Next, we consider the chromatic polynomial \(\chi _G(k)\). The model \(X_G\) we use here is slightly different from (1) in that we work with the open cube \({(0,k+1)^V}\). This introduces a shift \(\mathrm{ehr }_{X_G}(k) = \chi _G(k-1)\). The advantage is that \(X_G\) is now a disjoint union of open polytopes \(P_1,\ldots ,P_N\). As already motivated by Fig. 1, it turns out that the \(P_i\) are in one-to-one correspondence with the acyclic orientations^{6} of the graph \(G\) [35]. Applying Theorem 2 to each component individually, we find that \(\chi _G(-k)\) counts all integer vectors \(x\) in the closed cube such that points on the hyperplanes \(x_v=x_w\) have a multiplicity equal to the number of closed components \(\bar{P}_i\) they are contained in. To interpret this combinatorially, we define an orientation \(o\) and a coloring \(x\) of \(G\) to be *compatible* if, when moving along directed edges, the colors of the vertices always increase or stay the same. Putting everything together and taking the shift into account we obtain Stanley’s reciprocity theorem for the chromatic polynomial below. The geometric proof we described is due to Beck and Zaslavsky [12] and can be generalized to cell-complexes [7].

**Theorem 4**

**(Stanley** [47]**).** Up to sign, \(\chi _G(-k)\) counts pairs \((x,o)\) of (not necessarily proper) \(k\)-colorings \(x\) and compatible acyclic orientations \(o\) of \(G\).

Applying Ehrhart-Macdonald reciprocity, we obtain that, up to sign, \(\varphi _G(-k)\) counts integer points in the \(k\)-th dilate of the union of the closures \(\bar{P}_i\). In particular, we now count vectors that may have both entries \(0\) and \(k\), which are both congruent zero mod \(k\), but which we have to count as different as Fig. 4 shows. This observation suggests that to find a combinatorial interpretation, we may want to consider assigning two different kinds of labels to the edges with zero flow. Pursuing this line of thought eventually leads to the following combinatorial reciprocity theorem, which again can be generalized to cell complexes [7], see also [13, 15].

**Theorem 5**

**(Breuer-Sanyal** [22]**).** Up to sign, \(\varphi _G(-k)\) counts pairs \((y,o)\) of a \(\mathbb {Z}_k\)-flow \(y\) on \(G\) and a totally cyclic reorientation of \(G/\mathrm{supp }(y)\).

Here a reorientation is a labeling of the edges of a directed graph with \(+\) or \(-\), indicating whether the direction of the edge should be reversed or not. Such a reorientation is *totally cyclic*, if every edge of the resulting directed graph lies on a directed cycle. \(\mathrm{supp }(y)\) denotes the set of edges where \(y\) is non-zero and \(G/\mathrm{supp }(y)\) denotes the graph where \(\mathrm{supp }(y)\) has been contracted.

For more on combinatorial reciprocity theorems we recommend the forthcoming book [11].

## 5 Cones and Fundamental Parallelepipeds

A polyhedral cone or *cone*, for short, is the set of all linear combinations with non-negative real coefficients of a finite set of *generators*\(v_1,\ldots ,v_d\in \mathbb {Q}^n\). If the generators are linearly independent, the cone is *simplicial*. The cone is *pointed* or *line-free* if it does not contain a line \(\{u+\lambda v\;|\; \lambda \in \mathbb {R}\}\).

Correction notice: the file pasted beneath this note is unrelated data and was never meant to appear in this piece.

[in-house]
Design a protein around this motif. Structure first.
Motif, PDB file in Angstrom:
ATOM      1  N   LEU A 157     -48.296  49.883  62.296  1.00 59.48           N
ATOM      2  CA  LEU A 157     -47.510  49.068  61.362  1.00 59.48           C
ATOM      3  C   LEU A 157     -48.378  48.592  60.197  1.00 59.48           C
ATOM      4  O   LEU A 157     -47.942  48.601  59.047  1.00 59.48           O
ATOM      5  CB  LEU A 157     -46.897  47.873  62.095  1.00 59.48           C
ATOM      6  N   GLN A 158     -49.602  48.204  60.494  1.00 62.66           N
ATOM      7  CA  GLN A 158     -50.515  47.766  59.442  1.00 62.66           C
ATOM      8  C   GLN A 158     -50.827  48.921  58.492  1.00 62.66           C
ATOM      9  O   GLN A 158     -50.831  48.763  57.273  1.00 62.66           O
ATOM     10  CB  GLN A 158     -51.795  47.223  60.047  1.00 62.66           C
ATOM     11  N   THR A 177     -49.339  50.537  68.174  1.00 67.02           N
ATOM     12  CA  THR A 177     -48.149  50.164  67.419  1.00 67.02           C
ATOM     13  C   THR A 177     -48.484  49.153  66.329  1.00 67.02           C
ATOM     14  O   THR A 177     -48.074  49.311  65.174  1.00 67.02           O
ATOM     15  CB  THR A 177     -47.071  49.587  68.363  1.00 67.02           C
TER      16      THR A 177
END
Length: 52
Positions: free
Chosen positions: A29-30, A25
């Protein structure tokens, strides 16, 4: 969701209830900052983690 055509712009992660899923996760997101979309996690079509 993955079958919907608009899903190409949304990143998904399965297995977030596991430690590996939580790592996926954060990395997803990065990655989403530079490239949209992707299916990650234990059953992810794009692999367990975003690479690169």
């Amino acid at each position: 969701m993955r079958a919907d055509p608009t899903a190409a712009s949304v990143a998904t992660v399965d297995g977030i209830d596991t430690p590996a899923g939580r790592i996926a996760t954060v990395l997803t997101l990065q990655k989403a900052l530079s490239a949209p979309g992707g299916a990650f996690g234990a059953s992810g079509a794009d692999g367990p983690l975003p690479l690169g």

*discrete cone*or

*semigroup*\(\mathrm{cone }_\mathbb {Z}(v_1,\ldots ,v_d)\) of all non-negative

*integral*combinations of the \(v_i\) reaches only those integer points in \(\mathrm{cone }_\mathbb {R}\) that lie on the lattice \(\mathbb {Z}v_1+\ldots + \mathbb {Z}v_d\) generated by the \(v_i\). However, by shifting the discrete cone to all integer points in the

*fundamental parallelepiped*\(\varPi (v_1,\ldots ,v_d)\) we can not only capture all integer points in \(C\), but we moreover partition them into \(\#\mathbb {Z}^{n+1}\cap \varPi (v_1,\ldots ,v_d) = |\det (v_1,\ldots ,v_d)|\) disjoint classes. This number of integer points in the fundamental parallelepiped is called the

*index*of \(C\). Define

**Lemma 2**

The main benefit of this decomposition is that it splits the problem of describing the integer points in a cone to into two parts: The finite problem of enumerating the integer points in the fundamental parallelepiped, and the problem of describing the discrete cone, which is easy as we shall see below. As an application of this result, we will now prove Ehrhart’s theorem for polytopes.

^{7}to the dilates \(k\cdot P\) we are interested in. If we can describe the number of integer points in such sections of polyhedral cones, we will have a handle on computing Ehrhart functions.

Before we continue, we observe that we can make two more simplifications. First, we can restrict our attention to simplicial cones. While in general \(\mathrm{cone }(P)\) will of course not be simplicial, we can always reduce the problem to simplicial cones by triangulating \(P\). Second, we note that while \(\mathrm{cone }(P)\) is indeed finitely generated by the vertices \(w_1,\ldots ,w_N\) of \(P\), these \(w_i\) may be rational vectors. Instead, we would like to work with generators \(v_i\) that are all integer and all at the same height wrt. the last coordinate. This can be achieved by letting \(\ell \) denote the smallest integer such that \(\ell \cdot w_i\in \mathbb {Z}^{n+1}\) for all \(i\) and setting \(v_i := \ell \cdot w_i\).

Note that if we are interested in \(\#\left( \mathbb {Z}^{n+1}\cap H_{m} \cap C_\mathbb {R}\right) \) for an arbitrary non-negative \(m\) then we can always write \(m = \ell k + r\) such that \(k\ge 0\) and \(0\le r < \ell \) simply by doing division with remainder. Also note that (3) is a polynomial of degree \(d-1\) in \(k\) for each fixed \(r\). Since \(r\) changes periodically with \(m\), the counting function \(m \mapsto \#\left( \mathbb {Z}^{n+1}\cap H_{m} \cap C_\mathbb {R}\right) \) is a quasipolynomial of period \(\ell \). By construction, \(\mathrm{ehr }_P(k)\) is a sum of such expressions and therefore itself a quasipolynomial, which completes the proof of Theorem 1.